A hardy homesteader

On the east side of Tomahawk Island is a narrow S-curve channel. In the days before power boats it must have been a peaceful, serene waterway protected from the winds and waves of the main channel on the west side of the island. A frequent user of it in the 1930s was an elderly genttleman known by the cottagers as Joe Kirby. He earned a living doing maintenance on cottages north of the narrows.

Joe got around using a small dark green open boat powered by a “one lunger”, a single-cylinder make-and-break engine whose exhaust made a horrendous racket. Apparently that didn’t bother him because he was nearly stone deaf. He would swing the flywheel to start the motor, then settle on the closest seat, grasp the steering lanyards connected to the rudder, and head out onto the channel. He sat back like he was in an armchair, enjoying the passing scenery as the boat carried him along at a sedate speed.

At Wahnuhke we got so used to hearing the putt-putt of the boat getting louder as it passed by we’d glance up and say, “There goes Joe Kirby”.

One day an adult member of the family — who shall remain anonymous, and is no longer with us — was northbound in the Blackduck, negotiating the last curve from the narrows and picking up speed.

The Blackduck was 24 feet long and threw quite a large bow wave when her throttle was opened. From the steering position it wasn’t easy to see what was really close by on either side.

Sure enough, (I am imagining now how this scenario played out) suddenly almost right beside the skipper appeared a shocked and drenched Joe Kirby, water running off his battered old fedora as he wondered what on earth had snuck up astern to try and sink him. No doubt the big wave also doused the one-lunger which probably stopped dead, and filled the little green boat with gallons of Bay water.

What he might have lacked in seamanship skills the skipper more than made up for in kind-heartedness. That much I know for certain. I am sure he remorsefully helped bail out Joe’s boat, probably tried to dry him off, attempted to get his engiine re-started, or maybe even towed him to his destination. All this while poor, deaf Joe was still recovering from the shock.

But I believe there was much more to “Joe Kirby” than the elderly maintenance man. His name was really Joe Corbiere, one of the last of the settlers of Beausoleil Island who lived there after the First Nations people moved to Christian Island in the mid-1800s. (See Beautiful Beausoleil).

Parks Canada in a published history of Beausoleil Island (now the National Park) states that by 1856 the big island was surrendered by the First Nations, who were gradually then replaced there by homesteaders. The historian describes them as “…the first real pioneers on the island.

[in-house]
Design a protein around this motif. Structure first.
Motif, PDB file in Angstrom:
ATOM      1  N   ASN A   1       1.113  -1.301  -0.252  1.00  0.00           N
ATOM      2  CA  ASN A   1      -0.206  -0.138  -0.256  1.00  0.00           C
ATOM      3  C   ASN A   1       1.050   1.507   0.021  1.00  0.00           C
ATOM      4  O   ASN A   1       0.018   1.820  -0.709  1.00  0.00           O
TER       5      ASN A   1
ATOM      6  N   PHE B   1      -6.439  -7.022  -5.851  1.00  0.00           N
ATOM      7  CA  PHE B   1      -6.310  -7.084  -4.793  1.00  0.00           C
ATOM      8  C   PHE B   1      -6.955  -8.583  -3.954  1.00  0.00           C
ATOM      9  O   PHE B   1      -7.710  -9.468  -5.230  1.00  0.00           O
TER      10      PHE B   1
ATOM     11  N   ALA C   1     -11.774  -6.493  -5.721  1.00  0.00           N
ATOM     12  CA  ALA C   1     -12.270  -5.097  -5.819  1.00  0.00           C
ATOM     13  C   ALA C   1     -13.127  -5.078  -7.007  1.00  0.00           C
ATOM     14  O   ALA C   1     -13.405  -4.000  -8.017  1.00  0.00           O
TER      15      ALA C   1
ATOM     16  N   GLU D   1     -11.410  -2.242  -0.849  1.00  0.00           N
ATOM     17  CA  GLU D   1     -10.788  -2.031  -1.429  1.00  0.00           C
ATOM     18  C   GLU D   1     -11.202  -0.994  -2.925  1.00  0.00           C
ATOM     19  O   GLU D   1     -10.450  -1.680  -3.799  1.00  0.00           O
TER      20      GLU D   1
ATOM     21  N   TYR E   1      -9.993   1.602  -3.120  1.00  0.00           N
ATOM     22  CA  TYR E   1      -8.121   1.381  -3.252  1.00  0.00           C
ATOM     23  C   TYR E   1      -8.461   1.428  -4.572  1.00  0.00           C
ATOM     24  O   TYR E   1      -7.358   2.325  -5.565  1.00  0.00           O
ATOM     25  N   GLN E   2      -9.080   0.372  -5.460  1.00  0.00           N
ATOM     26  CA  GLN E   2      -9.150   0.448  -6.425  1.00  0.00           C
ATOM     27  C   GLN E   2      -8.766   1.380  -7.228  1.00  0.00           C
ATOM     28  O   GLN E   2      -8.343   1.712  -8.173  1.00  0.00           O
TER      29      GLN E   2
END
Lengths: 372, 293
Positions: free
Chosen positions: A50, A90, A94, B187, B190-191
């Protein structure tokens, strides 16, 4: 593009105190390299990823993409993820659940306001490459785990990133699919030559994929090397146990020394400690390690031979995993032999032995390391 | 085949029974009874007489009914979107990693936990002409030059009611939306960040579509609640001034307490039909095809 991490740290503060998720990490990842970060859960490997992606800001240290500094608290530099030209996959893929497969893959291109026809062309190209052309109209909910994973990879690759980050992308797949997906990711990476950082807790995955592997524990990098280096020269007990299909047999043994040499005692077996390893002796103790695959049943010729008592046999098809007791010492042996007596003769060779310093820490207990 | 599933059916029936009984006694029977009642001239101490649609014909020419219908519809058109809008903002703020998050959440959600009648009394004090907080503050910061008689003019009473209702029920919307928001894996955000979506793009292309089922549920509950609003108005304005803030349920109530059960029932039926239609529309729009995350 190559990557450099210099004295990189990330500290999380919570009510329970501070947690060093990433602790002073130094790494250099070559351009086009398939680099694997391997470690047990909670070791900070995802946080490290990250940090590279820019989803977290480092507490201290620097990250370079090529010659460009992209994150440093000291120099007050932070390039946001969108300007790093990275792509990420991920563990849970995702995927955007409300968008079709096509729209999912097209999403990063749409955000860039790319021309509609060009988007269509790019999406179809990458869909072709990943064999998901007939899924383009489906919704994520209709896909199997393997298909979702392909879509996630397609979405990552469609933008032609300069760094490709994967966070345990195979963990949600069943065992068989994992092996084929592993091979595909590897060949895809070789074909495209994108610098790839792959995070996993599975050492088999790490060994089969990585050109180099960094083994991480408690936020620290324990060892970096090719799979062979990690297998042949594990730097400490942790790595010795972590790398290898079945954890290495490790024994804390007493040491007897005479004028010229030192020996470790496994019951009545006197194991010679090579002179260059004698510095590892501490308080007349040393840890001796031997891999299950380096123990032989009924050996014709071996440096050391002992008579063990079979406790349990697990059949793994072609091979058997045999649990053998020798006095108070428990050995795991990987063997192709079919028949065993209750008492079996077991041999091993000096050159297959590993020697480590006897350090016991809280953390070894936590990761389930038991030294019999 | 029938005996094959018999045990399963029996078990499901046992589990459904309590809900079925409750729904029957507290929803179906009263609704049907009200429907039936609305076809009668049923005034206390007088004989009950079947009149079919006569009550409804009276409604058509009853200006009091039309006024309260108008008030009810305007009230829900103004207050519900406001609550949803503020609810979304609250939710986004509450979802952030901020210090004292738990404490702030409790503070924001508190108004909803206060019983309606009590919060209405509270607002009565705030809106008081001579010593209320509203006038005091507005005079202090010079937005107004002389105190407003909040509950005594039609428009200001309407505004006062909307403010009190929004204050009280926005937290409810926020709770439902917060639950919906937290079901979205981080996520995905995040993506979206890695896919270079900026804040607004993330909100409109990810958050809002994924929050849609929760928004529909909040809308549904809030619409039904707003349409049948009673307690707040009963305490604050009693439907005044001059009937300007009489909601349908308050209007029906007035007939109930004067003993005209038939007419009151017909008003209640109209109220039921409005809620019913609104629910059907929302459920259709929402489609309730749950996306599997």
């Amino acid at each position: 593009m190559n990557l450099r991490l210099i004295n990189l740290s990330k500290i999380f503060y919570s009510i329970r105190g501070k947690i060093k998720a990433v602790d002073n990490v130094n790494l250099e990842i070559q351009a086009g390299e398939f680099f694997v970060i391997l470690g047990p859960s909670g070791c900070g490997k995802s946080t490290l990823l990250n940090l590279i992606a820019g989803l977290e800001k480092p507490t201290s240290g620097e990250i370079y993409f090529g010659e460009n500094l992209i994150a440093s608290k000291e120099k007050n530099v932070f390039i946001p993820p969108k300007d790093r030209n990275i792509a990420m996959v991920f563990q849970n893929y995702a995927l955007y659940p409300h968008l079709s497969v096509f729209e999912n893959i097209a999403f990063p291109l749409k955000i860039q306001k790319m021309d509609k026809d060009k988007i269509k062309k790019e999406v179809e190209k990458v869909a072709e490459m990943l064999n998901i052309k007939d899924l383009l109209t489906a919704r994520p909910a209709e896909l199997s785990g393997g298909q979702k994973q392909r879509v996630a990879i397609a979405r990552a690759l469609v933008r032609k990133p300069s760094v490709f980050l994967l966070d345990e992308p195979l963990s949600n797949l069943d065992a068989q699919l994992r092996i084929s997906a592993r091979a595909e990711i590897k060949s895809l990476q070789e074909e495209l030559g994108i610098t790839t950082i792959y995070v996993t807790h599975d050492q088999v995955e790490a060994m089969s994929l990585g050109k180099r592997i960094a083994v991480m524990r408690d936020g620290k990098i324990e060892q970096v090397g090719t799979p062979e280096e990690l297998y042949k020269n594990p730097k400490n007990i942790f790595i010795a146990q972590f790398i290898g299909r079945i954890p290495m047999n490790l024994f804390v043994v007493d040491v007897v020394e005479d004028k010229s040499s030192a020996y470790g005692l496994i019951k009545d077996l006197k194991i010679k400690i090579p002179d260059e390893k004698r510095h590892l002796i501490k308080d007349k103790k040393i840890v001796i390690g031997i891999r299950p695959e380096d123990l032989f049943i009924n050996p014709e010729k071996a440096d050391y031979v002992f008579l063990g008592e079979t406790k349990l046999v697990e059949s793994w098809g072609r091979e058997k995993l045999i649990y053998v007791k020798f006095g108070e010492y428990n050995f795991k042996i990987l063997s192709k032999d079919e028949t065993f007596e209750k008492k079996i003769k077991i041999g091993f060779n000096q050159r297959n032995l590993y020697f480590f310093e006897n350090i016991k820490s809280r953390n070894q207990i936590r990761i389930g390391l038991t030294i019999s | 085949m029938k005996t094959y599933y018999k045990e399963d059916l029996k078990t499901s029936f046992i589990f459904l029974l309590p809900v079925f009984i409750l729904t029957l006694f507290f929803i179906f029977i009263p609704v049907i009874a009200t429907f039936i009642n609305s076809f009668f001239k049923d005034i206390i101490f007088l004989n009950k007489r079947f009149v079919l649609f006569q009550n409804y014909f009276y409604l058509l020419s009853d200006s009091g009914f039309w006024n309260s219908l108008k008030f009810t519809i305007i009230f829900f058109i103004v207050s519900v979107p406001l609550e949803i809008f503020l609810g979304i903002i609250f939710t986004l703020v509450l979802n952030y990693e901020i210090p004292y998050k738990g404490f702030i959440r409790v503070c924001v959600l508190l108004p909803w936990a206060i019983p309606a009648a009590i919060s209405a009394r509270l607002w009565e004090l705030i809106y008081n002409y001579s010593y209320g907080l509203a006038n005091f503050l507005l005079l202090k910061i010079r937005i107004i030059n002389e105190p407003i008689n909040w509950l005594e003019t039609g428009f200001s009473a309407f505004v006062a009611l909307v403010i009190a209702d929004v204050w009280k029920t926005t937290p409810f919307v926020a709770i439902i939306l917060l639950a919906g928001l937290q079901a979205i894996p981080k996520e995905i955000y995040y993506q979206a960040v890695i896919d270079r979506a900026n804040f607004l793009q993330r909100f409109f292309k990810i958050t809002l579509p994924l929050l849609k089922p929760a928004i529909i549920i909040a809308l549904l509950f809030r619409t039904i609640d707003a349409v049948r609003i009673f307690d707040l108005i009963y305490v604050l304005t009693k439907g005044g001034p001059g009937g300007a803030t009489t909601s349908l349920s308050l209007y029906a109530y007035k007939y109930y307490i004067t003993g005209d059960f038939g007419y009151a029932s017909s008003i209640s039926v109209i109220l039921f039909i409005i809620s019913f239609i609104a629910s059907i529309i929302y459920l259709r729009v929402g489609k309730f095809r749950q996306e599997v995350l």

“They were a tough breed of men and women who managed to squeeze a living out of this barren yet hauntingly beautiful land.”

“Initially the settlers were all Ojibwa, but in time, homesteaders of other origins drifted to the island: French voyageurs, Scottish immigrants and Pottawottamie Indians from the United States.”

“Among those who lived on Beausoleil Island was Joe Corbiere, a French voyageur. A lilac bush still grows on the shores of Frying Pan Bay, at the spot where Joe and his wife Susan lived.

“Joe was a well-educated man who could read three languages: French, Ojibwa and English. Years later when he became deaf, he learned to lipread in all three languages. According to government records, the Corbieres had, in the year 1929, a fairly good log house with a frame lean-to and a log barn. Three cows, one pig and some chickens.”

“The Corbieres also kept a large garden where they grew corn, potatoes, oats and strawberries. Joe trapped, sold furs and filled ice houses for the ever increasing number of visitors and residents to the area.

“Gradually, the homesteaders moved away. In the few years preceding the formation of the park (1930), only three families remained: the Corbieres, Tonches and the Tobeys.”

The historian concludes, “In preparation for the opening of the park, the three remaining families were compensated and moved off the island.” I believe the Tobeys moved to Honey Harbour and maybe the two other families did as well. Even though the narrows is just across the main channel from Frying Pan Bay, it is likely Joe Corbiere might have been commuting from the Harbour by then.

Frying Pan Bay eventually was occupied by Camp Wabanaki of the Kitchener-Waterloo YMCA, which is where I met my wife Daphne, the camp nurse, in 1967. The camp is gone now and the bay is a popular anchorage and campsite for the Georgian Bay Islands National Park.

I wonder if Joe and Susan’s lilac bush is still blooming there?

Mark Coles writes: The Lilac bush is still there where the Frying Pan Bay homestead was located. The very place where Orville Wright used to make his daily run for milk in the Gidley-built Kittyhawk.

Joe Corbiere and his wife Susan Otter (Photo courtesy of Laraine Maltby Smith)

One thought on “A hardy homesteader

Leave a Reply

Fill in your details below or click an icon to log in:

WordPress.com Logo

You are commenting using your WordPress.com account. Log Out /  Change )

Twitter picture

You are commenting using your Twitter account. Log Out /  Change )

Facebook photo

You are commenting using your Facebook account. Log Out /  Change )

Connecting to %s

This site uses Akismet to reduce spam. Learn how your comment data is processed.

%d bloggers like this: